Video with 10 notes
Tori Amos- Caught A Lite Sneeze, 1996
There is nothing about this video that isn’t incredible. Those vocals….just wow.
Patti Smith- Birdland
I could probably write 10,000 words about this song if people would read it, but for now I’m just going to say it’s a beautiful hypnotic epic that manages to be completely engrossing and emotionally moving even when you don’t have any idea what the fuck it’s about. And once you actually do figure it out (mostly, kinda-sorta) and do the research, its lyrical depth becomes even more astounding. AND THEN you find out that it was done as a complete improv and you realize Patti Smith could be the best artist on the planet.
So yeah, I’m hoping she plays this (and/or Piss Factory, which is the other Patti song I could write a million things about) tomorrow at the Tibet House Benefit even if it’s a total long shot.
Video with 9 notes
Wolf Parade- I’ll Believe In Anything
Probably my favorite desperate co-dependent junkie love song of all time. There’s a deep off-kilter sadness and emptiness at play throughout, with the narrator simultaneously promising to be the one who’ll save the day and fix everything but also needing to be rescued himself and getting increasingly crazed and frantic as the song progresses. Of course, the only possible way to fix anything here is through a grand escape to some unknown land, and that’s a defeat in itself and impossible. The song is obsessed with possibilities and all the things the narrator could do, but in the end nothing actually changes. I interpret the “if I could take the fire out from the wire” line as a drug reference, but you can interpret it as any kind of continuing problem and the overall effect remains the same. There’s a constant pain keeping things from being how the narrator thinks they could be, but there’s no solution. All we get is the dream of hopeless freedom where none of your choices actually have a meaning to anyone outside of yourself and you’re free to do anything, including destroy yourself.
I know that makes the song come off as super dark and depressing, but I sincerely love it. It perfectly encapsulates the feeling of wanting to solve someone’s life for them but feeling powerless and just dreaming of how you could save them and yourself. The “look at the trees and look at my face and look at a place far away from here” has one of the most heart-wrenching vocals ever, and that sweeping musical lift prior to the return to the 1st verse is flawless. It’s Arcade Fire indie epicness before Arcade Fire even existed, and the music keeps the song from drowning in its depression, matching up with the lyrics but keeping things from getting too downtempo.
Video with 4 notes
Sound City Players (Stevie Nicks and Dave Grohl) - Landslide
I saw the Sound City Players concert at Hammerstein Ballroom last week, and it was a jumbled mess of a show but when it was on, it was really on. Stevie Nicks killed her entire segment, and this performance of Landslide wasn’t even the highlight (that’d be a ridiculously heavy version of Gold Dust Woman to close the show), but it did make me think.
Landslide is a song that Stevie Nicks has performed literally thousands of times, night after night, from 1975 up until the day she dies probably, and she can still perform it with deep emotion. Often I’ll see a band run through their big hits mechanically and in perfunctory fashion (Alanis Morissette is the worst in the world for this), but Stevie’s still got as strong a connection with this song and imbues it with real power. I’ve seen her sing Landslide a few other times, and it was slightly different in its inflections that night, showing it’s still fresh to her and even after all this time, the song is still a living, changing thing. I had thought that super manipulative Budweiser Clydesdale ad would’ve destroyed Landslide for me for a while (whatever, Stevie needs a new beach house and cabana boy, I guess), but this performance was strong enough that it washed all the extra cultural detritus like that, the Dixie Chicks, and millions of eh covers away and made the song resonant again.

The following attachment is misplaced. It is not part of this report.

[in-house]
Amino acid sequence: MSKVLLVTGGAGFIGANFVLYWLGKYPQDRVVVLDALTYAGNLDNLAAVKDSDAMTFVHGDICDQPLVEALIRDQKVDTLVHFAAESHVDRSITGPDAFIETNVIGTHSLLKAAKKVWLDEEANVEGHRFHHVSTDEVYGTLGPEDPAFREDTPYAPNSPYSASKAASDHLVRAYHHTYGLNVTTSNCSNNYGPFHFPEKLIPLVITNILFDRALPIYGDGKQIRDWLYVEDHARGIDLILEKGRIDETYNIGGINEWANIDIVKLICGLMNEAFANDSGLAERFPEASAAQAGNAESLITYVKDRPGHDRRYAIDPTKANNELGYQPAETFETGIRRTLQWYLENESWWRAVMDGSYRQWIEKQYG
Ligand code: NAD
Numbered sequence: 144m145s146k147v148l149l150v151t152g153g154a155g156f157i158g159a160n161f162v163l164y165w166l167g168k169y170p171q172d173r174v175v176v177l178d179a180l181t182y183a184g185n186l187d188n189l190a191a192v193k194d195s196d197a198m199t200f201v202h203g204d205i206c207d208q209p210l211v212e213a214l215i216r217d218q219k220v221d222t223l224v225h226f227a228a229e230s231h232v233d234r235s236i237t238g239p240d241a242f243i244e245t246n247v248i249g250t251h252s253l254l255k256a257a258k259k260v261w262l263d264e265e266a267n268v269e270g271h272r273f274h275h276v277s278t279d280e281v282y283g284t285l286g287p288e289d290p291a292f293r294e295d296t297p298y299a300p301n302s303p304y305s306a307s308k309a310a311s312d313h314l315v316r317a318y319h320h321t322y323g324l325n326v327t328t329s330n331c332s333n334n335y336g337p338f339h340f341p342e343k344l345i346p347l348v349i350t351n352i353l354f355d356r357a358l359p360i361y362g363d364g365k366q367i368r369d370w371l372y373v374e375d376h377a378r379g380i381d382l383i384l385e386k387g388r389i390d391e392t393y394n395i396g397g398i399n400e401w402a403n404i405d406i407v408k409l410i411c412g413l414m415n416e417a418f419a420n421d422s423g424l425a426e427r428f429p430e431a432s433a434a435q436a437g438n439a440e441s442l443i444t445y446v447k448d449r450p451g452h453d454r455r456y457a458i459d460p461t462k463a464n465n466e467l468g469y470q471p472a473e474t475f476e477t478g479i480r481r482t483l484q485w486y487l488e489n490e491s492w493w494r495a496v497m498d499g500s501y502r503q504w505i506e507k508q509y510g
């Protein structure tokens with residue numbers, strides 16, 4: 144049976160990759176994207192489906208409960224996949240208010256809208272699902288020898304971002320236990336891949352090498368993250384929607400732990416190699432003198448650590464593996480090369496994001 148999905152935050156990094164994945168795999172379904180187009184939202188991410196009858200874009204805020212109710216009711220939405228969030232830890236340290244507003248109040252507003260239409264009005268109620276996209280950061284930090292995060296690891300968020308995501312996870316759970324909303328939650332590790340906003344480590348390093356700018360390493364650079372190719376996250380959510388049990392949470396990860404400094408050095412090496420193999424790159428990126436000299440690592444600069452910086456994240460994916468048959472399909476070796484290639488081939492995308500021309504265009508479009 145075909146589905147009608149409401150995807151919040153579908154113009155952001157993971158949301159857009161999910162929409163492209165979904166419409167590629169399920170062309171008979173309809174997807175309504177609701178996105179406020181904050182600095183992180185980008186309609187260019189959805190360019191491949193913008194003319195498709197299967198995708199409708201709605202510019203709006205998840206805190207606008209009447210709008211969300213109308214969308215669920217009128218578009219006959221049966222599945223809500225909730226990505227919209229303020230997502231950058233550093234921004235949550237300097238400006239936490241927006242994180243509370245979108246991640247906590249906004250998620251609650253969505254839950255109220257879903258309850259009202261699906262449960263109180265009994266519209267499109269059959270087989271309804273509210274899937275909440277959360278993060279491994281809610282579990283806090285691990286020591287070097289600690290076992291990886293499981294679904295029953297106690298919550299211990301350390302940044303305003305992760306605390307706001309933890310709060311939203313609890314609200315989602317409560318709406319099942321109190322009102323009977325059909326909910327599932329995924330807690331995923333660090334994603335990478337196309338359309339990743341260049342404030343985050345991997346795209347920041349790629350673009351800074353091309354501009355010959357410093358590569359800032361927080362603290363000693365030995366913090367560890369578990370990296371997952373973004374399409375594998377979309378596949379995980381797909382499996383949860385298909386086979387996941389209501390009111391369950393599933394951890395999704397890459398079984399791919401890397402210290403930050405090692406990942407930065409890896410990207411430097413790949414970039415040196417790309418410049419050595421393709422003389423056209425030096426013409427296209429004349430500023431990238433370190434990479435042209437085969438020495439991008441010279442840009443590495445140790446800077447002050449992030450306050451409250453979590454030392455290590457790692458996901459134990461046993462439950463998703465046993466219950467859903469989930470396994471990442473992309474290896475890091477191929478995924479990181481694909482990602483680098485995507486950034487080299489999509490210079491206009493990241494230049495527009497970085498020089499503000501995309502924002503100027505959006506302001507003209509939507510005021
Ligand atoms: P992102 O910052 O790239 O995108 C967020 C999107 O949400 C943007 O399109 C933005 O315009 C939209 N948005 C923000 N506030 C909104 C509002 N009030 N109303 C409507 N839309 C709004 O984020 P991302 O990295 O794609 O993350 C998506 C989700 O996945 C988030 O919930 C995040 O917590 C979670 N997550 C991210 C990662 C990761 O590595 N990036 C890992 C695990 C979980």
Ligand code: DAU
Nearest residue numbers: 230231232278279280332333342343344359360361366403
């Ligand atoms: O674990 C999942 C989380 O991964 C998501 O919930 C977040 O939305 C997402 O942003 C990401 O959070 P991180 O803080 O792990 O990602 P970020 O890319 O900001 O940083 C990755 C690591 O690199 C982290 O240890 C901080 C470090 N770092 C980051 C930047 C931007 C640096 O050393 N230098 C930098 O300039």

Audio post with 10 notes - Played 49 times
fun.- One Foot
Every pop song needs its perfect moment, and “but I will die for my own sins, thanks a lot” fits the bill nicely. My issue with fun. usually is that their glam bombast musically doesn’t match up with the tone of the lyrics, and that’s still a problem here but the vocals compensate. I feel a weird connection between the “stumble upon a chapel last night” bit and subsequent verse here and the end of Waste of Paint by Bright Eyes, and if fun wants to get emo, that’s not a bad model to follow. The piano bridge shows the song could’ve managed without being drowned in horns and I’d love to get a stripped-down acoustic version.
Audio post with 7 notes - Played 9 times
Nina Simone- Ain’t Got No, I Got Life
Personal anthem right here. There’s 3 things that seal it as a classic for me:
1. How matter of fact and perfect Nina’s delivery on “ain’t got no God” is
2. That flawless held note on “I’ve got my sex”
3. The anticipation that grows throughout the first half, because you just know that the lyrics/vocals are going to have to build and turn to match up with the uptempo jazz music, so that when the song’s climax finally hits, it’s got all the catharsis you could want.
NEW LIZ PHAIR ALBUM